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How Shall We Entertain Our Company
by [?]

“Well, now, for my part,” said Marianne, “I confess I like parties: they amuse me. I come home feeling kinder and better to people, just for the little I see of them when they are all dressed up and in good humor with themselves. To be sure we don’t say anything very profound,–I don’t think the most of us have anything profound to say; but I ask Mrs. Brown where she buys her lace, and she tells me how she washes it, and somebody else tells me about her baby, and promises me a new sack-pattern. Then I like to see the pretty, nice young girls flirting with the nice young men; and I like to be dressed up a little myself, even if my finery is all old and many times made over. It does me good to be rubbed up and brightened.”

“Like old silver,” said Bob.

“Yes, like old silver, precisely; and even if I do come home tired, it does my mind good to have that change of scene and faces. You men do not know what it is to be tied to house and nursery all day, and what a perfect weariness and lassitude it often brings on us women. For my part I think parties are a beneficial institution of society, and that it is worth a good deal of fatigue and trouble to get one up.”

“Then there’s the expense,” said Bob. “What earthly need is there of a grand regale of oysters, chicken salad, ice-creams, coffee, and champagne, between eleven and twelve o’clock at night, when no one of us would ever think of wanting or taking any such articles upon our stomachs in our own homes? If we were all of us in the habit of having a regular repast at that hour, it might be well enough to enjoy one with our neighbor; but the party fare is generally just so much in addition to the honest three meals which we have eaten during the day. Now, to spend from fifty to one, two, or three hundred dollars in giving all our friends an indigestion from a midnight meal seems to me a very poor investment. Yet if we once begin to give the party, we must have everything that is given at the other parties, or wherefore do we live? And caterers and waiters rack their brains to devise new forms of expense and extravagance; and when the bill comes in, one is sure to feel that one is paying a great deal of money for a great deal of nonsense. It is in fact worse than nonsense, because our dear friends are, in half the cases, not only no better, but a great deal worse, for what they have eaten.”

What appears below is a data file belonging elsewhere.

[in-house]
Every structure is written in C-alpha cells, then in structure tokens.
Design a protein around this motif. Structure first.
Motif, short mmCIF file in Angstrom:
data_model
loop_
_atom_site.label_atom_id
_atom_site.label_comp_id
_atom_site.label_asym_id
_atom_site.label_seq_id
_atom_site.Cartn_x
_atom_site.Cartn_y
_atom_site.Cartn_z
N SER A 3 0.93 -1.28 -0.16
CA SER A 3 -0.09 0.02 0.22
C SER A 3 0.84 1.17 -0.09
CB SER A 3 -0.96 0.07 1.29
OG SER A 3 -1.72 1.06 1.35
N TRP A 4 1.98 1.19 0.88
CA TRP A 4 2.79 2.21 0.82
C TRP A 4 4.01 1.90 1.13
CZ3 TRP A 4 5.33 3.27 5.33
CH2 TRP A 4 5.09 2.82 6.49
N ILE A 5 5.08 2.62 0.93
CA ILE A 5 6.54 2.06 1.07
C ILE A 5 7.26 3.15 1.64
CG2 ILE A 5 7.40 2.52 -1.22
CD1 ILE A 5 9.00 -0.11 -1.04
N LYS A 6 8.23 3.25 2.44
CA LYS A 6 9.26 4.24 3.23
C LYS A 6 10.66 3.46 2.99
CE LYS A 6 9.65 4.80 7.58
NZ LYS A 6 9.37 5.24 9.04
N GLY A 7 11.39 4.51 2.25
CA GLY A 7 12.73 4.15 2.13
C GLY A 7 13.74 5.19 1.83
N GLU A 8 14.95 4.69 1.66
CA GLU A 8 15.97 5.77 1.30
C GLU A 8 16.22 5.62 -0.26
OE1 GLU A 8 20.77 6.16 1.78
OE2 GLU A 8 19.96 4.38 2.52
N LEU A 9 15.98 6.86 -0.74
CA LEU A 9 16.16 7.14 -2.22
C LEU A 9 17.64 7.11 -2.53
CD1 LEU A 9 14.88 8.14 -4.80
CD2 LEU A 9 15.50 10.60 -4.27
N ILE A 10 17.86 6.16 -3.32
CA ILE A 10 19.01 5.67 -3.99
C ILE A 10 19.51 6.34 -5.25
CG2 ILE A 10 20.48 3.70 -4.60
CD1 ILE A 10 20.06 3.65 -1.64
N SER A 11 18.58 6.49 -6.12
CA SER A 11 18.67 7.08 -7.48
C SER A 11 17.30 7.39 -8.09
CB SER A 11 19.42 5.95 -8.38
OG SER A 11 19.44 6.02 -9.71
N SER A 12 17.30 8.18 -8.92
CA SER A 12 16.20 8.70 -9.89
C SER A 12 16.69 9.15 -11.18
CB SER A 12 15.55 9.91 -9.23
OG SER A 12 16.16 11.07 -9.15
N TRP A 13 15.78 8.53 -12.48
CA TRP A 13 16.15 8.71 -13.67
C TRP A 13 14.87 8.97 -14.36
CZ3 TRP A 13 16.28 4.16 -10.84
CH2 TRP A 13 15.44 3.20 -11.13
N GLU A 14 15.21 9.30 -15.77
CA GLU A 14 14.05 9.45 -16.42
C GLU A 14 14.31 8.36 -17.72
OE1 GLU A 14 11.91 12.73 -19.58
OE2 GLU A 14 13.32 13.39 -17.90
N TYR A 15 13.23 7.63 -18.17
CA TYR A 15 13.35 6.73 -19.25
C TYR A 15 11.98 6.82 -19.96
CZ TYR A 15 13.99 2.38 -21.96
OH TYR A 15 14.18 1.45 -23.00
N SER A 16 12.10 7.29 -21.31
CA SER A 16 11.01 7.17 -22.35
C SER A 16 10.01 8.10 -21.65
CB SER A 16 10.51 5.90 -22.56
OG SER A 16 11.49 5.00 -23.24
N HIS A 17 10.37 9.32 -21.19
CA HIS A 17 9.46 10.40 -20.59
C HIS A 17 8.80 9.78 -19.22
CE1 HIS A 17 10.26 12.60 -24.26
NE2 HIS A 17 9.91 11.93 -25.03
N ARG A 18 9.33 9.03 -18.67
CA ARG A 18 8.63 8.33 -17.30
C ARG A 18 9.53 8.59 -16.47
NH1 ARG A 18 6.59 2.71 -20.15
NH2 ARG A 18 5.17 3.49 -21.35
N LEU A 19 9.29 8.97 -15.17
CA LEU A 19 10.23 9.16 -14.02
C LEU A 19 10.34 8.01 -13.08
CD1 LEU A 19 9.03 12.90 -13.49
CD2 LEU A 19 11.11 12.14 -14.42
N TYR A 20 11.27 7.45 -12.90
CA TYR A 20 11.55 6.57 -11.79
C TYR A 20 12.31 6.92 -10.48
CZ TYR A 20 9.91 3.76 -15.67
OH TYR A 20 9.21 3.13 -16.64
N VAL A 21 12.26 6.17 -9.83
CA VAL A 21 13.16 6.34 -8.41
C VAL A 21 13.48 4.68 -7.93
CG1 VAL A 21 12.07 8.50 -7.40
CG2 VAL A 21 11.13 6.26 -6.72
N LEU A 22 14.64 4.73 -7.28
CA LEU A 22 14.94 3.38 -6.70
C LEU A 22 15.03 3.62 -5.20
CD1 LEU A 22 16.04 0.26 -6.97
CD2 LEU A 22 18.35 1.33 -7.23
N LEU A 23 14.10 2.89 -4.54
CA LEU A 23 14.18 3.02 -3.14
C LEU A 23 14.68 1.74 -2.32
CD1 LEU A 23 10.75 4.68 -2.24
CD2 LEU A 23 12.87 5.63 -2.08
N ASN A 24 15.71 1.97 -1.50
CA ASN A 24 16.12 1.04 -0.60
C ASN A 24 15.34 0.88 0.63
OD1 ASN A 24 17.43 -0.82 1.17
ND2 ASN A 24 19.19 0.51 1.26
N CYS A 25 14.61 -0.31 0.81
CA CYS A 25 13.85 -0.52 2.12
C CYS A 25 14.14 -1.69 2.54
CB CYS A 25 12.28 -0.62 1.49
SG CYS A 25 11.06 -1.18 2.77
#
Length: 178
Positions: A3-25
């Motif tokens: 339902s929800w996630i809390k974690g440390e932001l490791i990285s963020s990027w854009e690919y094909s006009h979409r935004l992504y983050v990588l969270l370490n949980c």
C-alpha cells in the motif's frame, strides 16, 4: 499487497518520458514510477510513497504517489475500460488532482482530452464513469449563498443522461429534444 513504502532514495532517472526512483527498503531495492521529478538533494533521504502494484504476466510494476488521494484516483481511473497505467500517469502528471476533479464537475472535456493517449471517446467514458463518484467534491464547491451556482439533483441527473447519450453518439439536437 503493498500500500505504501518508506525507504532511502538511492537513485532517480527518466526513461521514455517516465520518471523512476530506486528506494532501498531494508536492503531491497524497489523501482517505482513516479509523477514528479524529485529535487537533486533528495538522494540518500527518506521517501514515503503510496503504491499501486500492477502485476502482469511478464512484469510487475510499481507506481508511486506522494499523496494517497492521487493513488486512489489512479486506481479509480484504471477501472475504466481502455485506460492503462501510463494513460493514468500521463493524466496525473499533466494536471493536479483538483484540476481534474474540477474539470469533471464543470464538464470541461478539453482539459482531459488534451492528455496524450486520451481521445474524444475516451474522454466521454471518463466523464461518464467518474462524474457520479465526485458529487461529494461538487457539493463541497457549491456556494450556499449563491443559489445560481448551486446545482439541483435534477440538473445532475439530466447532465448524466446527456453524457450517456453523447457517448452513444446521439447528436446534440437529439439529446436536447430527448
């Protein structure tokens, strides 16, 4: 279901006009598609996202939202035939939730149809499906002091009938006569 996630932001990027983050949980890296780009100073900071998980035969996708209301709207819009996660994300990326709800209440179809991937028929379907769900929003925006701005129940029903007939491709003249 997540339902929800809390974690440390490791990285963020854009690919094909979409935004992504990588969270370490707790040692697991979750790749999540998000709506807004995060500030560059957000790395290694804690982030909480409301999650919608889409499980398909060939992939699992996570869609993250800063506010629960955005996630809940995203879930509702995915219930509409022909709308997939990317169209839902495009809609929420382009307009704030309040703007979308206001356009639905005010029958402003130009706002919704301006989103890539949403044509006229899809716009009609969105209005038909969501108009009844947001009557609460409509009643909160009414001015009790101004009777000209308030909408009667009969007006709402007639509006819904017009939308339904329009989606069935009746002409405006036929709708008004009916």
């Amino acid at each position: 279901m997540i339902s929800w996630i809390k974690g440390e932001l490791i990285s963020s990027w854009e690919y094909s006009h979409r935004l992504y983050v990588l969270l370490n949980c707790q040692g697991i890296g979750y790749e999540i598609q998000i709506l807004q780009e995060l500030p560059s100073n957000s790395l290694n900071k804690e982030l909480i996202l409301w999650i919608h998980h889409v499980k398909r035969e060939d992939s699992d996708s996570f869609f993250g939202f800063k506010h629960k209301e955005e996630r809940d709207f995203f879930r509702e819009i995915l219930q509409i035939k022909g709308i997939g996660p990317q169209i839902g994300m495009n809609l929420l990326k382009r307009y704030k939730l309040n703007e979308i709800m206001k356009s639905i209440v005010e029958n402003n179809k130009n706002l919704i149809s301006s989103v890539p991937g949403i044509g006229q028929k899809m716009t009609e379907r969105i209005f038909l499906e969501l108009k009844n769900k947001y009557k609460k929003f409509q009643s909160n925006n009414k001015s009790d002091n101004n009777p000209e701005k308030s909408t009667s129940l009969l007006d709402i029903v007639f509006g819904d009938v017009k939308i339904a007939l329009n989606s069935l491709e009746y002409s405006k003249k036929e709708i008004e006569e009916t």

“But there is this advantage to society,” said Rudolph,–“it helps us young physicians. What would the physicians do if parties were abolished? Take all the colds that are caught by our fair friends with low necks and short sleeves, all the troubles from dancing in tight dresses and inhaling bad air, and all the headaches and indigestion from the melange of lobster salad, two or three kinds of ice-cream, cake, and coffee on delicate stomachs, and our profession gets a degree of encouragement that is worthy to be thought of.”

“But the question arises,” said my wife, “whether there are not ways of promoting social feeling less expensive, more simple and natural and rational. I am inclined to think that there are.”

“Yes,” said Theophilus Thoro; “for large parties are not, as a general thing, given with any wish or intention of really improving our acquaintance with our neighbors. In many cases they are openly and avowedly a general tribute paid at intervals to society, for and in consideration of which you are to sit with closed blinds and doors and be let alone for the rest of the year. Mrs. Bogus, for instance, lives to keep her house in order, her closets locked, her silver counted and in the safe, and her china-closet in undisturbed order. Her ‘best things’ are put away with such admirable precision, in so many wrappings and foldings, and secured with so many a twist and twine, that to get them out is one of the seven labors of Hercules, not to be lightly or unadvisedly taken in hand, but reverently, discreetly, and once for all, in an annual or biennial party. Then says Mrs. Bogus, ‘For Heaven’s sake, let’s have every creature we can think of, and have ’em all over with at once. For pity’s sake, let’s have no driblets left that we shall have to be inviting to dinner or to tea. No matter whether they can come or not,–only send them the invitation, and our part is done; and, thank Heaven! we shall be free for a year.'”